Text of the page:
Along with your teaching career, you also work at Cheers2Us. Please share your experience about it.

Dr. Anju Kapoor: There was a student of mine who was doing campus mentoring for me and she always used to give me updates every 10 days or a week regarding the progress. Whenever we had these conversations, we would motivate each other saying “Cheers!” and then slowly instead of that we started saying “Cheers to us!” Later when I thought of starting my own practice in 2008-09, she said she wanted to work with me and that she could network with other schools. Akriti was someone who had faced a lot of struggles and challenges in her life. We had a very special connection like a mother and daughter. When we started the clinic, we separated our clients. She used to handle the young clients as she was very good at handling kids whereas I took the elder ones. Today we have started aptitude testing since most of our work has moved to educational consultation. The name “Cheers2us” was coined initially as our motivator which later turned out to be a very essential part of our lives.

Please share about the books that you have written.

Dr. Anju Kapoor: Writing is one of my spare time passions. The first book I wrote was published in 2013 which was a fiction story. In this book, for the first time I used education setup as a backdrop in which I took some real characters and also fictionalized some characters. This book was named “Media Madness & The Awesome 3some” as I was associated with the department of Mass Media where there was a sense of madness in terms of the work we did there. I was surprised to know that there was an element of craziness in me which I had never experienced before. I have documented all that can happen in a department which revolved around various fictional characters and situations. This book was more like my tribute to ‘Friendship’, a documented version of my friendship with the department. Some years later, I wrote a story based on my PhD topic-“Hyper Activity in School children”. I tried to showcase the story of these hyperactive students to the Indian families and explained how hyperactivity exists and that we should not judge it negatively. When I was writing these books, I remembered the words of my guide; Dr. Manisha Sen. She always said that “Your role doesn’t end as a Psychologist only in labelling and diagnosing. Your role will end when you suggest strategies to the diagnosis you have made. Then you are justifiably called as a doctor.”
Dr. Anju Kapoor
What are your passions and dreams which you want to fulfil?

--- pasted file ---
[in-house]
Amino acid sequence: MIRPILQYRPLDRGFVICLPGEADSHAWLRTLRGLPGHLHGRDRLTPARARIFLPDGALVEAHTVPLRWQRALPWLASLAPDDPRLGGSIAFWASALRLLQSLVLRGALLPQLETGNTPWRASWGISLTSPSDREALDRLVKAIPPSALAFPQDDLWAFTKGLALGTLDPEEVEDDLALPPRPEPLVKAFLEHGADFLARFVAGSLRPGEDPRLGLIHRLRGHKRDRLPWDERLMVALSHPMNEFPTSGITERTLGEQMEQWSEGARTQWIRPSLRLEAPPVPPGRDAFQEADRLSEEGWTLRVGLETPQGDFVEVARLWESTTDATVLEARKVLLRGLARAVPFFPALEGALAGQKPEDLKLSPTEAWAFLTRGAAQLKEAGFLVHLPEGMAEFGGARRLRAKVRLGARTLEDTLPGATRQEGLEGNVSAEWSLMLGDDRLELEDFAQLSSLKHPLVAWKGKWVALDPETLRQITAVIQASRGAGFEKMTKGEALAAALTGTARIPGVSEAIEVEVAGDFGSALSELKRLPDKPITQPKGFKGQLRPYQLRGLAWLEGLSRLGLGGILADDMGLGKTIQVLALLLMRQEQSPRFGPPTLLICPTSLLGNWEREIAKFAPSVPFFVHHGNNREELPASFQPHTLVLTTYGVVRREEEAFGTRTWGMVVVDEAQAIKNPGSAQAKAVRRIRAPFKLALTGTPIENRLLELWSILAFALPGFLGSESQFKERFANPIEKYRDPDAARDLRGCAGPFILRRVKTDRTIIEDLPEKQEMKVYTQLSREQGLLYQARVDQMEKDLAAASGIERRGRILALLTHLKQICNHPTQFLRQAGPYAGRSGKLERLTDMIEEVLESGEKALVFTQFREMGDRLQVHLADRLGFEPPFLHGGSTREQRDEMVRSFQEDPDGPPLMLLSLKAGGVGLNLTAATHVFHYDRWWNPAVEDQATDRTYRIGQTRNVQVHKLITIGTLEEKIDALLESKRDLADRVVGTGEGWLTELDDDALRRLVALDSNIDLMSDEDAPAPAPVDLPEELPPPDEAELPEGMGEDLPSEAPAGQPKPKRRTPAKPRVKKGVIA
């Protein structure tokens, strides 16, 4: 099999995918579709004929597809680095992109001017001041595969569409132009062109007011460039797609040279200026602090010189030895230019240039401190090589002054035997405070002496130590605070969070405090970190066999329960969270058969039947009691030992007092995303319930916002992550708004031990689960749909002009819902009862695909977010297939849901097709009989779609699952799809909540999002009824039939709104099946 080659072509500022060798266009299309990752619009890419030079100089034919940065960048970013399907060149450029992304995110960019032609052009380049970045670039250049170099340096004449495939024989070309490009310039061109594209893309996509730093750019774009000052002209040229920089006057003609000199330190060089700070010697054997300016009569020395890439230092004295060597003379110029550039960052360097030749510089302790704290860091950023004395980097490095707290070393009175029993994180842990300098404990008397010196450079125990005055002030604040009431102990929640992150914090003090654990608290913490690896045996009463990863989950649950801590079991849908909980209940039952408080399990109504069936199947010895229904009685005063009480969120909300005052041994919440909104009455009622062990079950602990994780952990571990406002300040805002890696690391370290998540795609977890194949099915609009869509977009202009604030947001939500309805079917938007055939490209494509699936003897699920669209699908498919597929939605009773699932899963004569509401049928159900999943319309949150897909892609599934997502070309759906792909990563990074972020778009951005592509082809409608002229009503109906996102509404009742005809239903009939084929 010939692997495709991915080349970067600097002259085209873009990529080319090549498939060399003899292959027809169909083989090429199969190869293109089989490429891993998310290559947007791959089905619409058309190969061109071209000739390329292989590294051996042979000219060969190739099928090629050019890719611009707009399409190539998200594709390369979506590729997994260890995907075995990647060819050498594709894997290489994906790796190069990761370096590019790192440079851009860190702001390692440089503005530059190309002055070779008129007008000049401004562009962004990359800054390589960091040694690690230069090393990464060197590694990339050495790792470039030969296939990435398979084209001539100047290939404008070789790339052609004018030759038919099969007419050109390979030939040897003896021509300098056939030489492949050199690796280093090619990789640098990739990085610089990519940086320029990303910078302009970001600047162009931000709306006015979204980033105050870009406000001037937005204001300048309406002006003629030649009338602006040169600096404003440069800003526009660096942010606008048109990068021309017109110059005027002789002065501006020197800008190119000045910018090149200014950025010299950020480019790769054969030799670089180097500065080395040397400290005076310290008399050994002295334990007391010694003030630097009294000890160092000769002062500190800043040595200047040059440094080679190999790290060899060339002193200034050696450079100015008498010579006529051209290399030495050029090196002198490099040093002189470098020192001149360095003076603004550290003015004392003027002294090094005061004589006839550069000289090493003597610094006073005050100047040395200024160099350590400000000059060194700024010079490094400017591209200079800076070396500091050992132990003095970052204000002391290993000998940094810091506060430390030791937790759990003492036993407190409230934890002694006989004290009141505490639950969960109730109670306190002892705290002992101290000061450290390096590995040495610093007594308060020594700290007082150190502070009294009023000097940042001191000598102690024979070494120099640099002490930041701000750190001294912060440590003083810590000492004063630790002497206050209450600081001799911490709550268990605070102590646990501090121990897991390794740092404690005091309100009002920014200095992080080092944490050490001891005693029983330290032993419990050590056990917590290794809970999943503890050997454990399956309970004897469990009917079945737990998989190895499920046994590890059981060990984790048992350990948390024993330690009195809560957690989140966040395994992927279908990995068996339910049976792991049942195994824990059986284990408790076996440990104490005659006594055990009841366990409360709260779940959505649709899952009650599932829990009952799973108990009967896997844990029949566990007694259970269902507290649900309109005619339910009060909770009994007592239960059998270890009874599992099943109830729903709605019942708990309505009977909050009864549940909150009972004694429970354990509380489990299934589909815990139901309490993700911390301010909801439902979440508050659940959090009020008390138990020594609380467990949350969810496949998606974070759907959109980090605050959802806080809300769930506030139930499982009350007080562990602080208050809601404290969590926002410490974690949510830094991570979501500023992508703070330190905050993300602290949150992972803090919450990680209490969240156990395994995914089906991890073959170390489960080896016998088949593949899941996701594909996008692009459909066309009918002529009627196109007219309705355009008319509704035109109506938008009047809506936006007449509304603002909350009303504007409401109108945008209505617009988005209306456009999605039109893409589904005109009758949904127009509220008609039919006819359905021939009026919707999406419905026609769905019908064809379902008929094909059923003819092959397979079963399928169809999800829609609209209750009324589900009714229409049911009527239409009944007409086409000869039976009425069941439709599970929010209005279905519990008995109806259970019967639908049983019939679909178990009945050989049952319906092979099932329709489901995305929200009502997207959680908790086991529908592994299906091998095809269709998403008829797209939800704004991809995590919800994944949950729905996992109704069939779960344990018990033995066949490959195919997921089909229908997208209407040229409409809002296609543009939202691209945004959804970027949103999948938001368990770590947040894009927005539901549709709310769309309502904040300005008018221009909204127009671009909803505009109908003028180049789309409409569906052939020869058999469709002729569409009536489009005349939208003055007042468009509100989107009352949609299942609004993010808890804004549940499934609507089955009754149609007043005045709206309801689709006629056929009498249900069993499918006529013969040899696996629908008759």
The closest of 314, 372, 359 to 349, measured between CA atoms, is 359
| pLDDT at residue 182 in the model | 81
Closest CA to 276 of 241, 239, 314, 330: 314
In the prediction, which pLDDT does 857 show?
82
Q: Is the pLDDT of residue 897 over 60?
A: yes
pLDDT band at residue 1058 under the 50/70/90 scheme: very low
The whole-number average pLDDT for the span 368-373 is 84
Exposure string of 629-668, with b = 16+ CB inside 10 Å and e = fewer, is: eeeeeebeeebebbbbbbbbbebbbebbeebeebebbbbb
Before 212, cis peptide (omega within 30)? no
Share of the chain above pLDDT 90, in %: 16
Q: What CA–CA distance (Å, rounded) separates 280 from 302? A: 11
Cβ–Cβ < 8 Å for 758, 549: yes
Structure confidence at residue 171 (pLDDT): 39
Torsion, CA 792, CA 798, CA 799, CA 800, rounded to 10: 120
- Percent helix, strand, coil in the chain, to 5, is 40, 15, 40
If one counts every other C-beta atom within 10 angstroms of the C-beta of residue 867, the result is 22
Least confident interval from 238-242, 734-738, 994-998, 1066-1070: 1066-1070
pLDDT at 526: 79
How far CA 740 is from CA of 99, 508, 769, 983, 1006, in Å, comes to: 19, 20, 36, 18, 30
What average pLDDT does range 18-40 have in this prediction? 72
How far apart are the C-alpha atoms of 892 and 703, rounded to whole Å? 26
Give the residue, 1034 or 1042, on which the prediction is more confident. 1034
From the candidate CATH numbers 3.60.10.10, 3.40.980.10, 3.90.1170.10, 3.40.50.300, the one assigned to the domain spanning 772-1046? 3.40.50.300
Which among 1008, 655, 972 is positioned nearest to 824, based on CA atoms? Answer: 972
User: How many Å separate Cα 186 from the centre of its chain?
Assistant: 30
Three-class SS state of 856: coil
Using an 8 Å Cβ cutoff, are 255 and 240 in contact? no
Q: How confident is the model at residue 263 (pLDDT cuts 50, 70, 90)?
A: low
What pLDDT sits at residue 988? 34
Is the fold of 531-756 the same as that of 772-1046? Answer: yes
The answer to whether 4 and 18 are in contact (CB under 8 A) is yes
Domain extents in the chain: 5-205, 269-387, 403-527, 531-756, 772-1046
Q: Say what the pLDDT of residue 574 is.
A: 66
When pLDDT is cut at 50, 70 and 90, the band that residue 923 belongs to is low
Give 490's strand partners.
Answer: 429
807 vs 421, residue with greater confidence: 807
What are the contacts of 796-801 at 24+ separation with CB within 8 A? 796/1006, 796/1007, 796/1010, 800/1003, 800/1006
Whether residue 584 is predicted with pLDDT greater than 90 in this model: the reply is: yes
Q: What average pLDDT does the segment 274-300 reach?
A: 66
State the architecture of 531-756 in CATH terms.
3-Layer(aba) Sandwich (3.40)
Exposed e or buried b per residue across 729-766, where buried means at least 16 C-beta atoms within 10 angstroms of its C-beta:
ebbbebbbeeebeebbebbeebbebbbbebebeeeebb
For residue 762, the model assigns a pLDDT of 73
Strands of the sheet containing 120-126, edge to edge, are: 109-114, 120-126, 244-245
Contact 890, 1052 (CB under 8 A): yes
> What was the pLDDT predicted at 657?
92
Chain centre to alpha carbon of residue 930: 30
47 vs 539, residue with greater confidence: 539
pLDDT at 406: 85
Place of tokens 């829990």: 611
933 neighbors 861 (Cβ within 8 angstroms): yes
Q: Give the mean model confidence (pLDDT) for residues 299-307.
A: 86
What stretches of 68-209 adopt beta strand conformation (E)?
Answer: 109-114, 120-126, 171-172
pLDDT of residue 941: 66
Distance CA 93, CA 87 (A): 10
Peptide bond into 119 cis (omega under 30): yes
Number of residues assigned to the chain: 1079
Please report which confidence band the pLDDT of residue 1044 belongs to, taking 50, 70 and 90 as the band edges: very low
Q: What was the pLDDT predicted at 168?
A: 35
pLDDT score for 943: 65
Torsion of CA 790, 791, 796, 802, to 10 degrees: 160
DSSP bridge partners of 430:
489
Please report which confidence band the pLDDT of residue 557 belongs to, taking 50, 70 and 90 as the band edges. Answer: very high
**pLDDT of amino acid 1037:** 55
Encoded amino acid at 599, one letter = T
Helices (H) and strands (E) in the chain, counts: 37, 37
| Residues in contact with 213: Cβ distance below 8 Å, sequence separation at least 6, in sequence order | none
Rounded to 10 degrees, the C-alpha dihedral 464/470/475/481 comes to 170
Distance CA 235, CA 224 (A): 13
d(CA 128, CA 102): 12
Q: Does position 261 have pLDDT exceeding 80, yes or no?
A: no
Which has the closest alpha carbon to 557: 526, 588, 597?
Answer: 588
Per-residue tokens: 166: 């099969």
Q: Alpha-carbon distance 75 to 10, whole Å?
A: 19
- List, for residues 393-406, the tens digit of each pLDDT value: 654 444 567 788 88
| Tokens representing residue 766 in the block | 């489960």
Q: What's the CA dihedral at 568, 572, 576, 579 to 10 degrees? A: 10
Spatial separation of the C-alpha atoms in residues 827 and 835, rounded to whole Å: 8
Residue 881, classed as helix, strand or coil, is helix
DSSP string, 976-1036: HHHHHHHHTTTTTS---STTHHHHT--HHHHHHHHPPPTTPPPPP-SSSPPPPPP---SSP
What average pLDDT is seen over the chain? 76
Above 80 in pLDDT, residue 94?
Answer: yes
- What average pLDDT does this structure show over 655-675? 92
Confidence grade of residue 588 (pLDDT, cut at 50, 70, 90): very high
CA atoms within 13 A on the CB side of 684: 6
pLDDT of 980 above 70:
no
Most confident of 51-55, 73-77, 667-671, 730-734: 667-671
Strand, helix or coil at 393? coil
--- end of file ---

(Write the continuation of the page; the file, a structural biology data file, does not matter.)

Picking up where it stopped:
Dr. Anju Kapoor: I still want to pen down a couple of fictional stories. I have a desire to write. Also, I want to do more travelling. One of my other passions is Movies. It’s again a place where I can see characters and it fascinates me as a Psychologist. I also really want to spend more time with my parents and kids.

What inspires you to work so passionately?

Dr. Anju Kapoor: My passion comes from the people I work with. When a colleague of mine says, that I love to come to work on Mondays, and that I no longer have Monday Blues, that motivates me to perform better. I want to have the culture in my organization, where people feel they are contributing something to it. As a head of an institute, my vision is to make sure that this institute is placed at its proper position, get it recognizable as a meaningful contributor. I want to leave a mark here. I am a people person, and that’s what keeps me going. When you are respected as a human resource, it just boosts your self-esteem. What would be your message to the readers?

Dr. Anju Kapoor: One must persist a little harder. Try and do things by winning people over rather than antagonizing. There are miserable times, but always know that there is another day coming and that new day will be a new hope, so never ever give up. There is always a reason behind what happens in our lives. People are always out there to beat you, but it’s ultimately your decision how long you hold on to it. They won’t be supportive at all times. You should learn to become your own support system. If you are doing something right, something positive, make sure you do it with the right company. You need to have an environment and colleagues that respects you, because money isn’t everything. Your workplace should be something like that after going back home, you should feel like coming back the next day, because in the end it’s not just the money that will hold you there.

The key lessons shared by Dr. Anju Kapoor makes us realize how important it is to know oneself and others around us, to channelize emotions and apply them in the noblest manner. Sometimes all it takes is a slight change in one’s perception.